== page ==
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Acceleration Principle

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The acceleration principle holds that the demand for capital goods is a derived demand and that changes in the demand for output lead to changes in the demand for capital stock and, hence, lead to investment. The flexible accelerator, which includes both demand and supply elements, allows for lags in the adjustment of the actual capital stock towards the optimal level. The principle neglects technological change but has been used successfully in explaining investment behaviour and cyclical behaviour in a capitalist economy. Almost all macroeconomic models of the economy employ some variant of it to explain aggregate investment.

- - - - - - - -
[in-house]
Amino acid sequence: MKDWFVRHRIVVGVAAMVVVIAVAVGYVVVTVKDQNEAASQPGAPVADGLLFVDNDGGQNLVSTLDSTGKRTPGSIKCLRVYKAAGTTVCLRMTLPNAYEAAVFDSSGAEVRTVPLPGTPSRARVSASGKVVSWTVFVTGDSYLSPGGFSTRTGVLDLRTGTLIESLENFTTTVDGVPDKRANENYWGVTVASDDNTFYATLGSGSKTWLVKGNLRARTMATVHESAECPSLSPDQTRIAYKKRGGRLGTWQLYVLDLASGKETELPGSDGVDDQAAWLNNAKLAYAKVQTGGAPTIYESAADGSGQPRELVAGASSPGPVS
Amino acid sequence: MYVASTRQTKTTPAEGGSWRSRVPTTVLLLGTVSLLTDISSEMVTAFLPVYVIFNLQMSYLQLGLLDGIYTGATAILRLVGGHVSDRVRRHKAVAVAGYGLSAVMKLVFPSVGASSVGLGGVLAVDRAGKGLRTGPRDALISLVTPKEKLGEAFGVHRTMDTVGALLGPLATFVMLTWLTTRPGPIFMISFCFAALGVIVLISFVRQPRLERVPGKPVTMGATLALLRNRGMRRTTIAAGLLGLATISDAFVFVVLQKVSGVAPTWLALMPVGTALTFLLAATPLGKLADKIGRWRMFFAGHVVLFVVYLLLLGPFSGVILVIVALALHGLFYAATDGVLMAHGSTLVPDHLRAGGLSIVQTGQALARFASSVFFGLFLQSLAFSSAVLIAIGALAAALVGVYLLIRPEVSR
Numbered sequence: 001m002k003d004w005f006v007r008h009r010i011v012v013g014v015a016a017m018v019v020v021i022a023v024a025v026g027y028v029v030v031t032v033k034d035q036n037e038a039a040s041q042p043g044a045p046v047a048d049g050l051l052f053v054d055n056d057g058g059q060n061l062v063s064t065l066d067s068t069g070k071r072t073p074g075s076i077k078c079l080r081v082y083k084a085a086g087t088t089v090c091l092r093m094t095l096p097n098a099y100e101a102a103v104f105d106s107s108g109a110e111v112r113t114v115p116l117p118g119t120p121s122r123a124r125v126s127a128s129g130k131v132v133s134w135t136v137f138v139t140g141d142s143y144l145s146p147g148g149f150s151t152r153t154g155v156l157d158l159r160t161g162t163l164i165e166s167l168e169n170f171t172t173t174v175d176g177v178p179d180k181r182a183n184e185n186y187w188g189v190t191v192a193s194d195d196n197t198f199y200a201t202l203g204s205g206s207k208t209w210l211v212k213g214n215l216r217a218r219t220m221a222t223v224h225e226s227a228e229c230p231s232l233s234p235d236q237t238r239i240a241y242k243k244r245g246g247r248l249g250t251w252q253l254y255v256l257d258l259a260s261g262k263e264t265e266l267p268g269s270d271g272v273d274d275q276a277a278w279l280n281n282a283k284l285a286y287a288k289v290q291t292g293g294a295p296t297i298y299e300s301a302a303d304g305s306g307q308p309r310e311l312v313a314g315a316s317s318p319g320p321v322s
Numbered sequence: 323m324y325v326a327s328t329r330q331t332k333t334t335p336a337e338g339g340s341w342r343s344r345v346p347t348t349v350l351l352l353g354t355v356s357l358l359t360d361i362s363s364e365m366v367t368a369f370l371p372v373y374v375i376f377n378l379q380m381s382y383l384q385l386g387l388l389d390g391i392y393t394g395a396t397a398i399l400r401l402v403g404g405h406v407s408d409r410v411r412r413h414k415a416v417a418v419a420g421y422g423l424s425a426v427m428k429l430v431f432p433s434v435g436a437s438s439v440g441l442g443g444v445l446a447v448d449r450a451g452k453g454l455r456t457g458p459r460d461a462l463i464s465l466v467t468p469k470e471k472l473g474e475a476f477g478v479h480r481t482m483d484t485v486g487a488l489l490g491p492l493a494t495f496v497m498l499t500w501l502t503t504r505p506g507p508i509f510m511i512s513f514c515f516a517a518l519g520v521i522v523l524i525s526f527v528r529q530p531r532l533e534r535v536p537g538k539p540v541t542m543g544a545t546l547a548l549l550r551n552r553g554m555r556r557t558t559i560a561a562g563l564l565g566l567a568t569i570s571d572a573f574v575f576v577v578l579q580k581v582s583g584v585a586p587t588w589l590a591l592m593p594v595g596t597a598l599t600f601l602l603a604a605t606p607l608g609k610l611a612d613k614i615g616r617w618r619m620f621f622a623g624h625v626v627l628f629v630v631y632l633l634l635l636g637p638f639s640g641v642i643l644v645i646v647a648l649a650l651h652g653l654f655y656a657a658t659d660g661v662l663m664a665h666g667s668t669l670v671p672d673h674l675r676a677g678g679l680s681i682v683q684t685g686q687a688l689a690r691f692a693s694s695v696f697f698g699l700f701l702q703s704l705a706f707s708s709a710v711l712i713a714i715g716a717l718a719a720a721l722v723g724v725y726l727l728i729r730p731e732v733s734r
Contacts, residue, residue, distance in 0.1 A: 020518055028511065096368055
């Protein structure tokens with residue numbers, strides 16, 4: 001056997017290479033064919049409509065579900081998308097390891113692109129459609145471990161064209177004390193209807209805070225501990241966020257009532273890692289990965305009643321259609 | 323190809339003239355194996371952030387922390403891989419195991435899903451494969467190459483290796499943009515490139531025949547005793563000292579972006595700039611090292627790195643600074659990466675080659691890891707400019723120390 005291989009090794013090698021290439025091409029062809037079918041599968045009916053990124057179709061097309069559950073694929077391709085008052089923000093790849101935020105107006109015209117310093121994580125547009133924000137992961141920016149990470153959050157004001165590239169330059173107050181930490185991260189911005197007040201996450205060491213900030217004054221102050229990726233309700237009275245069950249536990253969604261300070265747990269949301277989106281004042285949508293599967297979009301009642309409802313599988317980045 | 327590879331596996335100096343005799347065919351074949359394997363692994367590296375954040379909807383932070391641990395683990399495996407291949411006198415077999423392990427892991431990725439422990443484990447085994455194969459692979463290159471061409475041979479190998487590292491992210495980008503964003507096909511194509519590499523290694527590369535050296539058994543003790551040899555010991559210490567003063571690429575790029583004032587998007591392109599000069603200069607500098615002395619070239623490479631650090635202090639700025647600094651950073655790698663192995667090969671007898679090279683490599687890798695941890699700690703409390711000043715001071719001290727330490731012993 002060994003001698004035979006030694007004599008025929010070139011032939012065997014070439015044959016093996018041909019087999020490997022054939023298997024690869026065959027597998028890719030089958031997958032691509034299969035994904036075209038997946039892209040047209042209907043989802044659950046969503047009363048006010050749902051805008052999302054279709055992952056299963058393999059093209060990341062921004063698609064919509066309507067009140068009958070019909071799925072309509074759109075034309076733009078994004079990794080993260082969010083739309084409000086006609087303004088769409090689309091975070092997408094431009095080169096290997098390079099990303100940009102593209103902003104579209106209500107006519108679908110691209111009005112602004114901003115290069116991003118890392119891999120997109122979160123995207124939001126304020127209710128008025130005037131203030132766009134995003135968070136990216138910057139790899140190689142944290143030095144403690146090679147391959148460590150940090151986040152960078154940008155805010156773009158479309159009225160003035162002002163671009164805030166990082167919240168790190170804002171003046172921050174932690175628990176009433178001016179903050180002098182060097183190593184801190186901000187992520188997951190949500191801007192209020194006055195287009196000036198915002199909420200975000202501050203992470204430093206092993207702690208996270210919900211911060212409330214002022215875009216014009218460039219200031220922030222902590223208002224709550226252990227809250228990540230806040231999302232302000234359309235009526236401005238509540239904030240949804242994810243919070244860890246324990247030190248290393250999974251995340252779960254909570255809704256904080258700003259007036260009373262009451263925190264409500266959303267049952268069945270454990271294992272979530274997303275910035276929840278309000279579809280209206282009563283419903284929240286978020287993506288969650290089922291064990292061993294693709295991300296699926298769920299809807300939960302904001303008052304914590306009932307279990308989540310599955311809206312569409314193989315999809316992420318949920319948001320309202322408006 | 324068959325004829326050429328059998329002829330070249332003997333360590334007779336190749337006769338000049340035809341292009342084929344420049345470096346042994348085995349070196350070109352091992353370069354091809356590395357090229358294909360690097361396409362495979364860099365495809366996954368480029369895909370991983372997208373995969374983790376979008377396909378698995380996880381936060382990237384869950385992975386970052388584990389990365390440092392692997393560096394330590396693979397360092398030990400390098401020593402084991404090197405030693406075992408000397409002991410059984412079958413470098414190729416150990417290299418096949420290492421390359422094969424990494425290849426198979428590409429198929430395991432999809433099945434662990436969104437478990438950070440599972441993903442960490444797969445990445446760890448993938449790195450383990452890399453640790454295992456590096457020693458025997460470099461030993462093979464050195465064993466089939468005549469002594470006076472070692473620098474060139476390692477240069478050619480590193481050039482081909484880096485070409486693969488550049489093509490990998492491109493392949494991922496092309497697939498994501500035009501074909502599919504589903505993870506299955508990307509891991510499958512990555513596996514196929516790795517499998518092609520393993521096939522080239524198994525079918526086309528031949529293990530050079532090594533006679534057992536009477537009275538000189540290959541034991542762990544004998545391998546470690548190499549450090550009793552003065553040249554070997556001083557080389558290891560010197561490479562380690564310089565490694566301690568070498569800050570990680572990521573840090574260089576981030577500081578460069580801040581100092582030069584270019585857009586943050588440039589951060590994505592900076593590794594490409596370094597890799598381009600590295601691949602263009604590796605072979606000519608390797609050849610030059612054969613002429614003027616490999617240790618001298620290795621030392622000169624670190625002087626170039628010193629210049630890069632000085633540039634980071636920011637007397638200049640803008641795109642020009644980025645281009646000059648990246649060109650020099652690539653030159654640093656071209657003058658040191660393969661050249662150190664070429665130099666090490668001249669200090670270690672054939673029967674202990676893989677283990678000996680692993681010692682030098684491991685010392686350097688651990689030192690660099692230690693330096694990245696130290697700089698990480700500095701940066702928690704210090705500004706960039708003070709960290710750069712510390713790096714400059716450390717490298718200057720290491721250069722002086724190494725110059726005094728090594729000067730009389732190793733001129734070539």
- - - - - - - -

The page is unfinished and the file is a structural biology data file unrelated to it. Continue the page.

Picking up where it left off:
• Acceleration principle
  • Aftalion, A.
  • Aggregate demand
  • Aggregate investment
  • Business cycles
  • Capital–output coefficient
  • Chenery, H. B.
  • Clark, J. M.
  • Depreciation
  • Derived demand
  • Distributed lag accelerator
  • Eisner, R.
  • Expectations
  • Haberler, G.
  • Harrod, R. F.
  • Harrod–Domar growth model
  • Marx, K. H.
  • Pigou, A.C.
  • Technical change

JEL Classifications

  • E22

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  • DOI: 10.1057/978-1-349-95189-5_202
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Junankar, P.N. (2018). Acceleration Principle. In: The New Palgrave Dictionary of Economics. Palgrave Macmillan, London.

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